The most versatile subcompact is likely to be a hatchback. They usually provide more options than equivalent sedans for stowing gear, but tend to give up some rear-passenger room. The 2021 Toyota Corolla Hatchback perfectly illustrates this.
The car was new for 2019, replacing the Corolla iM hatch, and has the same front-end design as the Corolla sedan. That means it has a similar-looking wide-mouth grille that’s typical of many Toyotas. The oversize nose doesn’t appear all that out of place on the Hatchback, possibly because big grilles are all the rage these days.
The Hatchback is shorter than the sedan by about 25 centimetres and the distance between the front and rear wheels is about six centimetres less. But what’s affected most by the smaller measurements is a nearly 13-centimetre reduction in rear-seat legroom. That, plus somewhat restrictive rear-door openings makes it more difficult for larger/taller folks to enter and exit.
On the upside, maximum stowage volume with the rear seatbacks folded is roughly double that of the sedan. You can increase that amount by opting for a tire-repair canister — in place of the spare donut — which lowers the load floor.
The hatchback’s well-bolstered front seats are plenty comfortable and supportive for the long haul, and the gauges, graphics and assorted knobs and switches are easily understood. The upright 4.2- or optional 7.0-inch touch-screens aren’t as obtrusive as they might seem. Overall, the quality of the seat fabrics, dashboard and door trim is first-rate.
The hatchback’s standard engine is a 2.0-litre four-cylinder that makes 168 horsepower and 151 pound-feet of torque. This powerplant, which is optional for the sedan, is linked to a six-speed manual transmission or available continuously variable unit (CVT).
For the 1,365-kilogram hatchback, the 2.0 is lively, assisted by a suspension that delivers a just-right balance of firmness and ride comfort. It’s also incredibly quiet over bumps, potholes and cracks in the pavement.
The CVT-equipped Hatchback is rated at 7.5 l/100 km in the city, 5.8 on the highway and 6.7 combined. That’s better than the 8.4/6.7/7.6 numbers the manual-transmission models achieve, but for more sporting flavour, the manual is the one to pick.
The shifter’s smooth and precise action makes rowing through the gears a pleasant experience, hampered only by a light clutch pedal that’s a bit hit and miss on timing of engagement. At least enthusiasts can thank Toyota for making manual gearboxes available since other automakers have been abandoning them.
The base SE hatchback starts at $23,200, including destination charges. That’s less than $2,000 more than the base Corolla L sedan with the smaller 1.8-litre engine.
SE content includes climate control, leather-trimmed steering wheel and 15-inch steel wheels, plus an array of dynamic-safety technologies that includes active cruise control, emergency braking assist, lane-departure alert and pedestrian detection.
The SE Nightshade Edition comes with a blacked-out grille, spoiler, outside mirrors, rocker panels, 18-inch alloy wheels and various other trim pieces.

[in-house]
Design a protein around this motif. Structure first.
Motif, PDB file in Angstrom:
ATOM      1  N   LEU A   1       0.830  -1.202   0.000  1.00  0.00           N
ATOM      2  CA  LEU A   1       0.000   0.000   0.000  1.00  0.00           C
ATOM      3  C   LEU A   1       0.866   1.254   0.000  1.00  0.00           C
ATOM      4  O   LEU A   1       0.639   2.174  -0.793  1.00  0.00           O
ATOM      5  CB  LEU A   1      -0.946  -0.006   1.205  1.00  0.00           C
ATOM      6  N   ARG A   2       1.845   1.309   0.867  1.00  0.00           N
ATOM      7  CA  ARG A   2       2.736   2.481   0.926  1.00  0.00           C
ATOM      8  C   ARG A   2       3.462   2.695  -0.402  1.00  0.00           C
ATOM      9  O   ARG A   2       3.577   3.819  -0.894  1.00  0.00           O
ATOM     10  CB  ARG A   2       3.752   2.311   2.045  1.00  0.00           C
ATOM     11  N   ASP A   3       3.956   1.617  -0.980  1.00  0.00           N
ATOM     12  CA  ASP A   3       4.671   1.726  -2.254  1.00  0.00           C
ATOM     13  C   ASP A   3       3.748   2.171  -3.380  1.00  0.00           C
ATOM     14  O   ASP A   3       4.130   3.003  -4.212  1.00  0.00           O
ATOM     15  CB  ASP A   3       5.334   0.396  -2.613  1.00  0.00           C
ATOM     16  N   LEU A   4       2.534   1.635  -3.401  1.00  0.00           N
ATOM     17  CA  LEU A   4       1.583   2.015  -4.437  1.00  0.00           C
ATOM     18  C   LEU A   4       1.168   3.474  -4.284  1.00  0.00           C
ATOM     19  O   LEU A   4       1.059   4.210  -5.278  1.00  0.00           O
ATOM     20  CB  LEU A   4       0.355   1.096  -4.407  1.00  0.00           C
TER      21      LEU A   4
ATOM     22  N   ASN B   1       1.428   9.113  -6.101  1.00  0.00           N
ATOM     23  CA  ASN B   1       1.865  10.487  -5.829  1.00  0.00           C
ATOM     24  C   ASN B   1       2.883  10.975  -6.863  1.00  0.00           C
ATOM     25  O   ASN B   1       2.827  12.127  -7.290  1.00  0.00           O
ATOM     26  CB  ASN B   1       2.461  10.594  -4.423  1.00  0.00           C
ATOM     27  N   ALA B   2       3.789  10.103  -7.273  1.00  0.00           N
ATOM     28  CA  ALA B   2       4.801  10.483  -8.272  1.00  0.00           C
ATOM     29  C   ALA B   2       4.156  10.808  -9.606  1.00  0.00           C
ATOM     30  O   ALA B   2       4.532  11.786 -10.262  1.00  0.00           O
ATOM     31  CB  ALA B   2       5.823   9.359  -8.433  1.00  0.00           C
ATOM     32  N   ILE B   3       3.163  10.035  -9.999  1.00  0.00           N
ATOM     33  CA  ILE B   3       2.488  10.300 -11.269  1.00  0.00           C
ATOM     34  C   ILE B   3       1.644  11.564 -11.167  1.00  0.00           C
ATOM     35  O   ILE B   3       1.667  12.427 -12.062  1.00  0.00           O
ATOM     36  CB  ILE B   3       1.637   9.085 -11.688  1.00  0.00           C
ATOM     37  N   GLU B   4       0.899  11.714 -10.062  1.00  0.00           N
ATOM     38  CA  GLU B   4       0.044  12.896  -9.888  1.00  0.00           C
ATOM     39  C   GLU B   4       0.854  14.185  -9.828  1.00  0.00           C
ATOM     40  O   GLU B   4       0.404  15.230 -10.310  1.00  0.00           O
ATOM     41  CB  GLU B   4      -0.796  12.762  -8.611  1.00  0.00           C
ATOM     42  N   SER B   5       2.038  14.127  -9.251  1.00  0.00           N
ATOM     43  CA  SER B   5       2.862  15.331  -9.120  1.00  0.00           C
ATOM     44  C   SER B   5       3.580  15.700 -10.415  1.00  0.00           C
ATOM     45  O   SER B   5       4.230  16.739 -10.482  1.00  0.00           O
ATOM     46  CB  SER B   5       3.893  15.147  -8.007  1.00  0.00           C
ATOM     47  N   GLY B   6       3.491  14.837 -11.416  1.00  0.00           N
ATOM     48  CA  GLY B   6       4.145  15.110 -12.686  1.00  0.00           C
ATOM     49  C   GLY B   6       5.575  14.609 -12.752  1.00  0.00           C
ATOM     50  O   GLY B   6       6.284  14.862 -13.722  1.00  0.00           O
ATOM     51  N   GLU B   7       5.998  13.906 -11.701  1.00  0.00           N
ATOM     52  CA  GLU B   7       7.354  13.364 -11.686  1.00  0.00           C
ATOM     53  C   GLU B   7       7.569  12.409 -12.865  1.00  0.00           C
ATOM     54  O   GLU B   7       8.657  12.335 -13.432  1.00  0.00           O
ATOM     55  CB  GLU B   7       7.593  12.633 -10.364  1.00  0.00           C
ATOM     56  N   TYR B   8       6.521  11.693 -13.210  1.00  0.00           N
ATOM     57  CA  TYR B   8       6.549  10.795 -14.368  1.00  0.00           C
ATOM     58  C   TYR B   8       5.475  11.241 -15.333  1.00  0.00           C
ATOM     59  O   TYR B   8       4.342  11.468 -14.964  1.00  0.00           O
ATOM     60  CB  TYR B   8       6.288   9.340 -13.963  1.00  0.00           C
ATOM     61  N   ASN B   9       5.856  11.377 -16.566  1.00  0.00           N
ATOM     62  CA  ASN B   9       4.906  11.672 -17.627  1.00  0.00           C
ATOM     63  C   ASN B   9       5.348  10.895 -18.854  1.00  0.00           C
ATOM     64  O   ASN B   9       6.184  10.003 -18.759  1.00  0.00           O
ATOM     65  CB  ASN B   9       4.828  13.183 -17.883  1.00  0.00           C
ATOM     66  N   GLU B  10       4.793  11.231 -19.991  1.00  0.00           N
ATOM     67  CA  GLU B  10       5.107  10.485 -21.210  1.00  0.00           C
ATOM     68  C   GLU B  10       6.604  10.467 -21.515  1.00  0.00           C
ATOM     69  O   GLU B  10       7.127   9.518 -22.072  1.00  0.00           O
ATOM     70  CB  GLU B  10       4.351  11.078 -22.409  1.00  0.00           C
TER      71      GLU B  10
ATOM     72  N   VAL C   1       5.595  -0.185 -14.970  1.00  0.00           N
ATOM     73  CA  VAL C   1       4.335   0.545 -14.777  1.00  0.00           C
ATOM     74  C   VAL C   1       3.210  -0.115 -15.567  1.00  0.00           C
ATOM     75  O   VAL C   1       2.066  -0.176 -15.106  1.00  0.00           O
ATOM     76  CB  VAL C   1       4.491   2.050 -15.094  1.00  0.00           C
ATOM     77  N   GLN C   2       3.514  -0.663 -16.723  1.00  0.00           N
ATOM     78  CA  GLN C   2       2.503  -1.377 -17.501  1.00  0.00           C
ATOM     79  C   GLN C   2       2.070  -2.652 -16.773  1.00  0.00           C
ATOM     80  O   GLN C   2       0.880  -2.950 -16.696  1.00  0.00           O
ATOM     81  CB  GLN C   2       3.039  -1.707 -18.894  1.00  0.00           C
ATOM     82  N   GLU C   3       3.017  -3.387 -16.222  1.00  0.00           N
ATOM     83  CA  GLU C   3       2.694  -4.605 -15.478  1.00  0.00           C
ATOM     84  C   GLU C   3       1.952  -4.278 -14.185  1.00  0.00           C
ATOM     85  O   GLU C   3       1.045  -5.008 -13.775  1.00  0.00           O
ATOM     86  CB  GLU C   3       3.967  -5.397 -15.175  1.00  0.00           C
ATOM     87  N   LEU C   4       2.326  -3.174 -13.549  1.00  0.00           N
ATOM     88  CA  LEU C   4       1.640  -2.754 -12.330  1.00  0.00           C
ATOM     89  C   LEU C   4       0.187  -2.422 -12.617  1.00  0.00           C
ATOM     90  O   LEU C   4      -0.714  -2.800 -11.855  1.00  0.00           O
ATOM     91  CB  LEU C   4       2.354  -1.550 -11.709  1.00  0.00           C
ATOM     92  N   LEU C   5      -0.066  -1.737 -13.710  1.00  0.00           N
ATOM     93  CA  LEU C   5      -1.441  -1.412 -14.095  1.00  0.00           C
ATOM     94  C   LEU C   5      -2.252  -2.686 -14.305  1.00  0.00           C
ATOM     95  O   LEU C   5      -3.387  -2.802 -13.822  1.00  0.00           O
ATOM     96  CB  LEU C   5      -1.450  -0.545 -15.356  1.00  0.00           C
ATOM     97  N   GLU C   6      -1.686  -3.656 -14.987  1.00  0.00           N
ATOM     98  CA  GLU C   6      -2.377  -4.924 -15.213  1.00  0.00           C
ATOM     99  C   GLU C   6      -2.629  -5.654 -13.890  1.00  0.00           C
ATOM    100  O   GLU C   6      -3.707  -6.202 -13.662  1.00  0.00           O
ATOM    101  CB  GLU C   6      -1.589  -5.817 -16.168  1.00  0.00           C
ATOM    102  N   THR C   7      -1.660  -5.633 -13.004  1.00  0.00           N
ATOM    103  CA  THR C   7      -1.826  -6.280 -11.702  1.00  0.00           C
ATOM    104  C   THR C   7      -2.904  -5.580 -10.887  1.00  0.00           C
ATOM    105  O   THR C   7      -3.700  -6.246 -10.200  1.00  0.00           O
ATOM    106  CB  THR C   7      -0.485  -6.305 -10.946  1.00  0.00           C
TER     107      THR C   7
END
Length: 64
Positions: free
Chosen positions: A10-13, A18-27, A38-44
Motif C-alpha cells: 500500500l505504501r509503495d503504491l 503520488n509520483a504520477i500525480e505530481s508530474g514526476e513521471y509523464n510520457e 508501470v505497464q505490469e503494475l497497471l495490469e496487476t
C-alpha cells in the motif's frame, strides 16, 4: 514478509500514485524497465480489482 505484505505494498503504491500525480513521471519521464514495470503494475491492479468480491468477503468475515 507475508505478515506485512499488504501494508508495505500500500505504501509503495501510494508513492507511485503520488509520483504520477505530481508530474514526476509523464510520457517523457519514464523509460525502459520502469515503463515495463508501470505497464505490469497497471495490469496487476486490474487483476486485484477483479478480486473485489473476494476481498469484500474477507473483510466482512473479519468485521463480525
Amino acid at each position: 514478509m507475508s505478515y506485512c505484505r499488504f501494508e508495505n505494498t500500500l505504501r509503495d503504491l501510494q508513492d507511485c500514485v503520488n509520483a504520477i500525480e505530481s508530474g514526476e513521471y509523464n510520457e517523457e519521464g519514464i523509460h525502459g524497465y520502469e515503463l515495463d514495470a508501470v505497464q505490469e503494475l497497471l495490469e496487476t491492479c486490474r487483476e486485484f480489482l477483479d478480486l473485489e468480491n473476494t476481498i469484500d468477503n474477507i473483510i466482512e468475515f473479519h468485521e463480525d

The premium XSE ($29,000) gets leather-trimmed seats, dual-zone climate control, 18-inch alloy wheels and 7.0-inch multi-information driver’s display that shows current/average fuel consumption, trip distance and timer and outside temperature.
XSE models also get a premium JBL-brand audio system, wireless phone charging, heated front seats and eight-way power adjustable driver’s seats.
As hatchbacks go, the Corolla has plenty to offer in terms of style, substance and affordability. For shoppers requiring more space, Toyota is also introducing the larger Corolla Cross tall wagon.
For those who can’t wait, the Hatchback remains one cool Corolla.
What you should know: 2021 Toyota Corolla Hatchback
Type: Front-wheel-drive subcompact hatchback
Engine (h.p.): 2.0-litre DOHC I-4 (168)
Transmissions: Six-speed manual; continuously variable (CVT)
Market position: Hatchbacks are popular — particularly in this class — where utility is a factor. They also tend to be less expensive than similarly sized utility vehicles.
Points: Design is quite attractive and sporty. • Dashboard controls are straightforward. • Front seats are supportive. • Rear-seat space is tight. • Standard 2.0-litre I-4’s output is sufficient and the available six-speed manual gearbox makes for easy shifting. • Most active safety tech is standard. • Versatile cargo space trumps the sedan’s. • Excellent driving qualities.
Active safety: Blind-spot warning with cross-traffic backup alert (opt.); active cruise control (std.); front and rear emergency braking (std.); inattentive-driver alert (n.a..); lane-departure warning (std.); pedestrian detection (std.)
L/100 km (city/hwy): 32/41 (CVT)
Base price (incl. destination): $23,200
Honda Civic Hatchback
- Base price: $27,000 (est.)
- New 2022 model looks similar to the 2021 and offers non-turbo and turbo I-4s.
Hyundai Veloster N
- Base price: $39,850
- Sporty three-door hatch comes in N trim only for 2022 with a 275 h.p. I-4.
Mazda3 Sport Hatchback
- Base price: $23,500
- Unique styling is backed with a 186-h.p. I-4. A 250-h.p. I-4 and AWD are opt.
– written by Malcom Gunn, Managing Partner at Wheelbase Media
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